Is there anything we can do to spice up a "for equity" offer to potential co-founders?


New member. Thanks in advance for your suggestions!

I'm a first time Founder to a start up. We pushed the online application off the shelf as a prototype and have some traction with 150 users. 1.0 is pre-revenue

This adventure has been bootstrapped all the way.

To get to the next level (v2.0), we need a Technical Co Founder who can not only contribute creative ideas, but execute them in code and make iterations as we go. For tech geeks, we are coded in Ruby Rails (RoR).

It seems for an un-proven biz, it's likely only the hungry and newly graduated types would be interested, but that's not a bad thing. It would rock to attract someone who is passionate about our mission and has a greater depth of experience.

Is there anything we can do to spice up an "equity only" offer? Showing value at this stage is a big challenge. The vesting schedule timeline + percentage of ownership is negotiable. Beyond that, are there any other perks to consider?

Thanks again. :)


asked Sep 21 '11 at 05:31
Richard H.
175 points
  • Thanks for the very helpful answers and perspective! – Richard H. 12 years ago

5 Answers


  • Connect with a co-founder who believes in the product and vision. As the founder, you can inspire someone towards your product.
  • Not drawing a salary is part of the riskiness of the early-stage startup and why the co-founder receives a relatively large amount of equity.
  • Think about what living essentials this person would desire, particularly given the lack of salary.

Some cheap ideas may include:

Offer meals, leisure activities, social opportunities and open up your network. If this person is relocating, offer to subsidize their housing.

answered Sep 21 '11 at 06:27
Seth Rogers
713 points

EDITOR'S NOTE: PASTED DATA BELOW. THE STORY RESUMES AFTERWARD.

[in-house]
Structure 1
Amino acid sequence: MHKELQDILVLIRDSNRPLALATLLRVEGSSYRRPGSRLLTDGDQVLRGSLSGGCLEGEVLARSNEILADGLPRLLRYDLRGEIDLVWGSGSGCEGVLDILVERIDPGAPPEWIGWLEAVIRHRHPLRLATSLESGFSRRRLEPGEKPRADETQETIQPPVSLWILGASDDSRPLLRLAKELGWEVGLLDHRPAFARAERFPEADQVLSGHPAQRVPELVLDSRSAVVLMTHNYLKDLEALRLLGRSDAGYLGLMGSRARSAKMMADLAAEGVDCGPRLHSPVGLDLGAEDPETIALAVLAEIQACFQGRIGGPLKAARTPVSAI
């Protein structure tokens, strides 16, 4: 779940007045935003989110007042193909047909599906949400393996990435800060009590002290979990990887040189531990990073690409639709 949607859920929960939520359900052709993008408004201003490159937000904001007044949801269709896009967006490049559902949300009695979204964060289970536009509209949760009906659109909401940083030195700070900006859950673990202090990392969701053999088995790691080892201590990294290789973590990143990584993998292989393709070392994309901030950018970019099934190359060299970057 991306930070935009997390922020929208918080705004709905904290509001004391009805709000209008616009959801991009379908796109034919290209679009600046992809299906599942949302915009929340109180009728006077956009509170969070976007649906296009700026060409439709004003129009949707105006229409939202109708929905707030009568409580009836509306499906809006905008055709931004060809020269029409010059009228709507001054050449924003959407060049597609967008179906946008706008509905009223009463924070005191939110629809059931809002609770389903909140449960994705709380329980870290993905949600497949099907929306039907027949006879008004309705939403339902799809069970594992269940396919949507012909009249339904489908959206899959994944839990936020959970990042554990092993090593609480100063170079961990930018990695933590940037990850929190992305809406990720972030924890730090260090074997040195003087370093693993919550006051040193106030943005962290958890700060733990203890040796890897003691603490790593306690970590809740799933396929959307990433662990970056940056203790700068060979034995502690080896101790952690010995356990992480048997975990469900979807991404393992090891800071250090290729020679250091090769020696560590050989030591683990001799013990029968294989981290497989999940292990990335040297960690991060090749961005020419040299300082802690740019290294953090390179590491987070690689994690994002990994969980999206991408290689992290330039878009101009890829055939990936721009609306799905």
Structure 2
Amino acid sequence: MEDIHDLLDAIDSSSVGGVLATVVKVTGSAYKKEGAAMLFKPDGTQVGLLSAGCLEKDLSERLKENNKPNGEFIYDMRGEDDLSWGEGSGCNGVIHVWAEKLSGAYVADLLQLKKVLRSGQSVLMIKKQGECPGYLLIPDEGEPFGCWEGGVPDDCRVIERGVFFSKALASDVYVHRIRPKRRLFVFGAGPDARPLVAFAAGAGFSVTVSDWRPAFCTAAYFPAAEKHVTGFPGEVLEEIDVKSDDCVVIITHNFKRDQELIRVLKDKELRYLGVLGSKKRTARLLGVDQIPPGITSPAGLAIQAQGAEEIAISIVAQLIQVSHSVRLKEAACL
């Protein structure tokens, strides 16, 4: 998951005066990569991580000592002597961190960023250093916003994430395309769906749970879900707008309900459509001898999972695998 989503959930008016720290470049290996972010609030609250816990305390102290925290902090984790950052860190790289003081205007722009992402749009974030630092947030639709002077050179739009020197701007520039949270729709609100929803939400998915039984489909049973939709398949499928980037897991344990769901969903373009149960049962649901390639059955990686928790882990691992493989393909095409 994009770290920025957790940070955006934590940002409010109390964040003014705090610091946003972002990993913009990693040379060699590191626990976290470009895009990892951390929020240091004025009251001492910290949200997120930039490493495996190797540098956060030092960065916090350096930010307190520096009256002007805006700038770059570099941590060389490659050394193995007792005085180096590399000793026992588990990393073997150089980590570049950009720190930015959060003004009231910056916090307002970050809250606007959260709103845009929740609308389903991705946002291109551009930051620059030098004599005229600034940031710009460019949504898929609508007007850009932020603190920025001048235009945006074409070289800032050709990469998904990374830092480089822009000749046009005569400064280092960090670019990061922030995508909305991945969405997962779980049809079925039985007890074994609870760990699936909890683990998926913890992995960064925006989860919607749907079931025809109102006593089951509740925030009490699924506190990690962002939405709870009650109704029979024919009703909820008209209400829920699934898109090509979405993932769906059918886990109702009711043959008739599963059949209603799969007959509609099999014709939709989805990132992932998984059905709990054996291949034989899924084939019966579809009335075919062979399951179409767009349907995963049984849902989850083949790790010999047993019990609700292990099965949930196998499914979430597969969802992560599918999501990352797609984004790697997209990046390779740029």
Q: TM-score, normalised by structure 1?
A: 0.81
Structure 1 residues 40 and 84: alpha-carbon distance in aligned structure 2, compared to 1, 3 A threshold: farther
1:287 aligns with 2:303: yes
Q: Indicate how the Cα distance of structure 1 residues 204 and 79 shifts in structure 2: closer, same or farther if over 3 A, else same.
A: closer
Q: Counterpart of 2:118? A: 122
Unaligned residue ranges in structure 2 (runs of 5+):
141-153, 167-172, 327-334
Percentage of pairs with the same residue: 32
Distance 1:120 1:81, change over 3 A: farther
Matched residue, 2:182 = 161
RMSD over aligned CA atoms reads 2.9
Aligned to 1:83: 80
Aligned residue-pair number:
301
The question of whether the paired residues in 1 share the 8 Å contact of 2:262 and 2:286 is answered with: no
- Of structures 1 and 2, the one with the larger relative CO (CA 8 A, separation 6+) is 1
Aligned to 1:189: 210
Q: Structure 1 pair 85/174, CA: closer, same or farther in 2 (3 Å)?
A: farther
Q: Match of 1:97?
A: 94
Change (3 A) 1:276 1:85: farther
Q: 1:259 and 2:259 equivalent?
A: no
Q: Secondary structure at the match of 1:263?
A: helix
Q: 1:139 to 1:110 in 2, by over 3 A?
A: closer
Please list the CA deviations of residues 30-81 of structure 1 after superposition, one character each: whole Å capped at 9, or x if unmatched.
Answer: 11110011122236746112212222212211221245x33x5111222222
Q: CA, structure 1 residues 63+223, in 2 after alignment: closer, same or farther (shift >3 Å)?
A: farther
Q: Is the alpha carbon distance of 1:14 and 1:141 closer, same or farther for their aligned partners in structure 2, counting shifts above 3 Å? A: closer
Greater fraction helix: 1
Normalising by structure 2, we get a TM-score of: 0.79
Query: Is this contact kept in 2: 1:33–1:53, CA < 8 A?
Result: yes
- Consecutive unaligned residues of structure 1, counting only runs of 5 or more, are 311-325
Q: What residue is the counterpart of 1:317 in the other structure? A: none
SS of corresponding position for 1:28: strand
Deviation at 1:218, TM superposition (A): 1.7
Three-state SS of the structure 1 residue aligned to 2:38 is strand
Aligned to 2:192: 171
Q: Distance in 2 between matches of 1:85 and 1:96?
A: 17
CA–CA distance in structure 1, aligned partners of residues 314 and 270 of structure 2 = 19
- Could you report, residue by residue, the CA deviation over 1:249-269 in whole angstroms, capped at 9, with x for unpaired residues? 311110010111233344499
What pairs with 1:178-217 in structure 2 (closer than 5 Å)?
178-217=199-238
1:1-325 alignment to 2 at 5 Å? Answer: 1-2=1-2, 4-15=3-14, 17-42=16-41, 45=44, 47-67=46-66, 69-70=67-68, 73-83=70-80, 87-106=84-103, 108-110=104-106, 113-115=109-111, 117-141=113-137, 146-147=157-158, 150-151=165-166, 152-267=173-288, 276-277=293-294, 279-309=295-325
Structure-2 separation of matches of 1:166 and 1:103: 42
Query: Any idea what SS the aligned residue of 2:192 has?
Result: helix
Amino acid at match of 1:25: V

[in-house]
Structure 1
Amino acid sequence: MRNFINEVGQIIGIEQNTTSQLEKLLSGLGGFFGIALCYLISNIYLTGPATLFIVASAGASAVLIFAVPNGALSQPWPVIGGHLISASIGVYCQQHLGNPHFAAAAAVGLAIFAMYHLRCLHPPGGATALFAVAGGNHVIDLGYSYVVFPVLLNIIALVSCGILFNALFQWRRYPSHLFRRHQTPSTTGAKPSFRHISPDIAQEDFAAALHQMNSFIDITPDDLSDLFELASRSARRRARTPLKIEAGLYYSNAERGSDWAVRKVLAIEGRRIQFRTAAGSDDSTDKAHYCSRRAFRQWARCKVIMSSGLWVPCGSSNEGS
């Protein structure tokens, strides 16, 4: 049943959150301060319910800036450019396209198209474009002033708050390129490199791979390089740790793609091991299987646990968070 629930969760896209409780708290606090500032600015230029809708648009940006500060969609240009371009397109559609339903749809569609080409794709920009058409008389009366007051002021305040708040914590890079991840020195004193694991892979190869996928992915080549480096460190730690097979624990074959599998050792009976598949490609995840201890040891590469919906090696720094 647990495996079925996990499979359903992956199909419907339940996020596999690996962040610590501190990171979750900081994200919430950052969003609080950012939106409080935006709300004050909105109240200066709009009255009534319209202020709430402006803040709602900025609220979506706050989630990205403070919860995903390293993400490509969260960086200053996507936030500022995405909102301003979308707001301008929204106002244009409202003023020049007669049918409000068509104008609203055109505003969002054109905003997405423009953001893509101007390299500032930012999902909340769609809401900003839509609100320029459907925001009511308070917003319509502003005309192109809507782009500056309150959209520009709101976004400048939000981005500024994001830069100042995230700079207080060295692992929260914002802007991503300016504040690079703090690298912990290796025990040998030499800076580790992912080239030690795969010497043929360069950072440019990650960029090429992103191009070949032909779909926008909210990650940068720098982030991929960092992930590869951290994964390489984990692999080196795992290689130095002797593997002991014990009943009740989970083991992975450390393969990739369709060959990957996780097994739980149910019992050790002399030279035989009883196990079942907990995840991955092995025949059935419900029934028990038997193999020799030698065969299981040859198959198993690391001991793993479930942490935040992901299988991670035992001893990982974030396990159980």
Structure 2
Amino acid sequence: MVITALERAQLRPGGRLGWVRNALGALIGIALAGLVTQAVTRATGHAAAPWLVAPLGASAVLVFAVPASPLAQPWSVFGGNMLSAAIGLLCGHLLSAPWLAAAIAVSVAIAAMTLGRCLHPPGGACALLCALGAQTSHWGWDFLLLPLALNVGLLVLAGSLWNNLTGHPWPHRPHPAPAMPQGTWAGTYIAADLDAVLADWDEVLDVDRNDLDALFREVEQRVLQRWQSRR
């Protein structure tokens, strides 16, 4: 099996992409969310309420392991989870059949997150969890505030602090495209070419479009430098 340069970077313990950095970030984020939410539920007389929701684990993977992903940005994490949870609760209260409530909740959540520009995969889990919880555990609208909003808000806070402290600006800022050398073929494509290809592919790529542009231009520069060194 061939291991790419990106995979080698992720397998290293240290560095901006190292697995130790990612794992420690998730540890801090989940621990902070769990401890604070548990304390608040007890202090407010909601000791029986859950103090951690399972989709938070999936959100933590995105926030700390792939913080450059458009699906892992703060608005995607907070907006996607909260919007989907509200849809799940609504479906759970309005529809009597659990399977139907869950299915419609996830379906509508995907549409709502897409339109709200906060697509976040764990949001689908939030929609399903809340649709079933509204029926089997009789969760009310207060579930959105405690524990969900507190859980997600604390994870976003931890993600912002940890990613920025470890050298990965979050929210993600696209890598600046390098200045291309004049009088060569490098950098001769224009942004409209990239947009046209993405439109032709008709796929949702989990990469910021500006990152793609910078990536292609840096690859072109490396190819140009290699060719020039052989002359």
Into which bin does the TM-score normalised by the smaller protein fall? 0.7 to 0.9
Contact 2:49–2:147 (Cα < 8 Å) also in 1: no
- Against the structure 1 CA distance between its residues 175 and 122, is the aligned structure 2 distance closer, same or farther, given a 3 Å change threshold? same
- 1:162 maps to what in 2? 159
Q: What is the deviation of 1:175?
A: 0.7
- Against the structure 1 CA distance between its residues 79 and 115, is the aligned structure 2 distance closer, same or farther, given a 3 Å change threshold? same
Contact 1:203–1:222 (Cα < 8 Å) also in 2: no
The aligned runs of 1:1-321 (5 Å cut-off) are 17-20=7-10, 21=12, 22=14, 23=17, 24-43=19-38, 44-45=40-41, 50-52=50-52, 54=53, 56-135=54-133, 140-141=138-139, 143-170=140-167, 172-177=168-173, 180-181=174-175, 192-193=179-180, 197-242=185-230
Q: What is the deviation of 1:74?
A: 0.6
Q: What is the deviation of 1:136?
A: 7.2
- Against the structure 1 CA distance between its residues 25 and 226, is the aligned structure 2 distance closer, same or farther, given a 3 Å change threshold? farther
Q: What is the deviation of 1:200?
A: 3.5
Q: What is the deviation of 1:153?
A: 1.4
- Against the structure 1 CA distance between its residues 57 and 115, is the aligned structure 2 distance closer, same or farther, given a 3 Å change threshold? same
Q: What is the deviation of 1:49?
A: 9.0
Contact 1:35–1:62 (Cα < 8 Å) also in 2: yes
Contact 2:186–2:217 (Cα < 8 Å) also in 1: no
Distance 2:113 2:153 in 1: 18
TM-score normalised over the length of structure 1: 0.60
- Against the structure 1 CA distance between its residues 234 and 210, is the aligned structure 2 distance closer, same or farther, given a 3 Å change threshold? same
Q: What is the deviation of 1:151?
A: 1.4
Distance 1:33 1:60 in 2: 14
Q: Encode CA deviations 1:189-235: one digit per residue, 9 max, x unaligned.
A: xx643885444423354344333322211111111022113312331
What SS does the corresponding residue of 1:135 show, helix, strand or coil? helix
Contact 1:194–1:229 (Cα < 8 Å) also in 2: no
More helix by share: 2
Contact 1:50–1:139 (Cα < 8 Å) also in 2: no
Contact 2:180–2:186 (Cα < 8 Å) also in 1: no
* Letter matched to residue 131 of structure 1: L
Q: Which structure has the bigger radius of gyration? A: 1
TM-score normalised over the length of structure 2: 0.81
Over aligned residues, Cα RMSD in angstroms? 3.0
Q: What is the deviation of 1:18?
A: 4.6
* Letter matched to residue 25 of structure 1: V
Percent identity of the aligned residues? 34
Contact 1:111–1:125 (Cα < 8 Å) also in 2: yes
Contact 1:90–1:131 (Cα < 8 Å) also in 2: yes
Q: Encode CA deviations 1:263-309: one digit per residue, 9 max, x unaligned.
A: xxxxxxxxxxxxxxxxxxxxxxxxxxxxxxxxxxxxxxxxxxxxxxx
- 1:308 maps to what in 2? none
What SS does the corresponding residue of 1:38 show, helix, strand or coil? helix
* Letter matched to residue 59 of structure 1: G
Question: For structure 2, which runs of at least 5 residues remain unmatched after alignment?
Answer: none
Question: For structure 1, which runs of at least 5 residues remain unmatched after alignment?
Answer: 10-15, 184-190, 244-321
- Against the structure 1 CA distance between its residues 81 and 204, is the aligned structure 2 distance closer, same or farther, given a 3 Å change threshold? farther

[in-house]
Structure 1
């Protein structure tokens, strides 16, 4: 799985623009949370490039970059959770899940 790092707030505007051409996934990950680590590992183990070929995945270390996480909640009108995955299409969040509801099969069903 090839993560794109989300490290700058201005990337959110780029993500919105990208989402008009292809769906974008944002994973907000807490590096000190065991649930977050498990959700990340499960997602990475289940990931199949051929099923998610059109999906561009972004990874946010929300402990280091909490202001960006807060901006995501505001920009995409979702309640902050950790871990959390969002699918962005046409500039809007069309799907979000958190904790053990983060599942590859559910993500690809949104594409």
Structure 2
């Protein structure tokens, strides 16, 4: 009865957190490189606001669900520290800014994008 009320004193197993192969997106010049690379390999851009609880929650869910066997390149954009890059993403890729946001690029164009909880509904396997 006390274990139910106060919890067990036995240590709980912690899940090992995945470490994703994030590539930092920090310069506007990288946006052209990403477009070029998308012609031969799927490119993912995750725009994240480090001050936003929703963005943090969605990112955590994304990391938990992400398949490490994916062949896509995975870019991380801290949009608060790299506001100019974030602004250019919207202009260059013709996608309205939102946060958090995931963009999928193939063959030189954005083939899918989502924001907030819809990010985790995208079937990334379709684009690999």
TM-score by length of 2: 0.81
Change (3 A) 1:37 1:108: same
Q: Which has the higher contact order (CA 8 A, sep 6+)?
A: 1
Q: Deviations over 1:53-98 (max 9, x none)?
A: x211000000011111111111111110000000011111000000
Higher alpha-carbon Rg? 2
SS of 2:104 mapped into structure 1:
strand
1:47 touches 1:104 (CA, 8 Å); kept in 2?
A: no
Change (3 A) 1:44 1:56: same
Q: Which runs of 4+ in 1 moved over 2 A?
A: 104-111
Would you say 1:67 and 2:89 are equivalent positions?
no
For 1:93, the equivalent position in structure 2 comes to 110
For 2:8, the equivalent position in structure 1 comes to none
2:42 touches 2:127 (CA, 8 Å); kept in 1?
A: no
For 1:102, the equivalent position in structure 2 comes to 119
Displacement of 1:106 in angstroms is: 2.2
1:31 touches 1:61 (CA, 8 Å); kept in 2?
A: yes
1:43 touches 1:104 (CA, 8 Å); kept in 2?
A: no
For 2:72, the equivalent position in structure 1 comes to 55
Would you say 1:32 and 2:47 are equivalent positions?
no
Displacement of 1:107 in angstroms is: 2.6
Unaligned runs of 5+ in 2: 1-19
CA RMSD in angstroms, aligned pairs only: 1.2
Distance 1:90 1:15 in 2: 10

The main thing they are getting is equity. You need to sell them on the fact that this business will be a success and that their equity will be worth a lot. Getting buy in to your vision is how you can attract them, I doubt you have funds or means to do something more tangible. Work with your strength, a great idea and passion.

answered Sep 21 '11 at 09:49
Joel Friedlaender
5,007 points


Being a technical person, and being 'pitched' ideas quite regularly it would be very tough to bring in a college graduate on just equity.

This person is most likely in debt, and needs money to live and start paying of their student loans. Plus if they are already a competent Ruby on Rails developer they can get a paying job quite easily right now.

A good option for you might be instead of giving this person say 30% equity to work for free. You give them 10% equity, and pay them 40k a year. You then convince someone that has money to invest in your idea for 20% for 40k ... percentages and salaries just examples but you get the idea. You may need to get an injection of cash (ideally more than a year of salary) to get your project rolling and get some people on staff.

Or, get a loan :]

answered Sep 22 '11 at 12:12
Ryan Doom
5,472 points


I like your website and your idea. If I was a programmer, you showed me this and offered a good stake in your business, It would be enough for me to join, because I would see the potential in it.

If you plan to abandon your bootstrapped model and get an investor, you can add some sort of promise of decent compensation if you get funded.

answered Sep 23 '11 at 19:05
Peter K.
194 points


You might consider someone not just out of college. Don't get my wrong, those just out of college can be very motivated and work extremely hard but I know lots of guys who retired in the .dom days with enough money (and cheap lifestyle) that they have the talent and the opportunity to work hard for an equity stake.

One more benefit of talking to these kinds of people is that they can help you flesh out your ideas - they've likely seen similar ideas to yours due to their time in the industry.

answered Sep 21 '11 at 08:51
1,194 points

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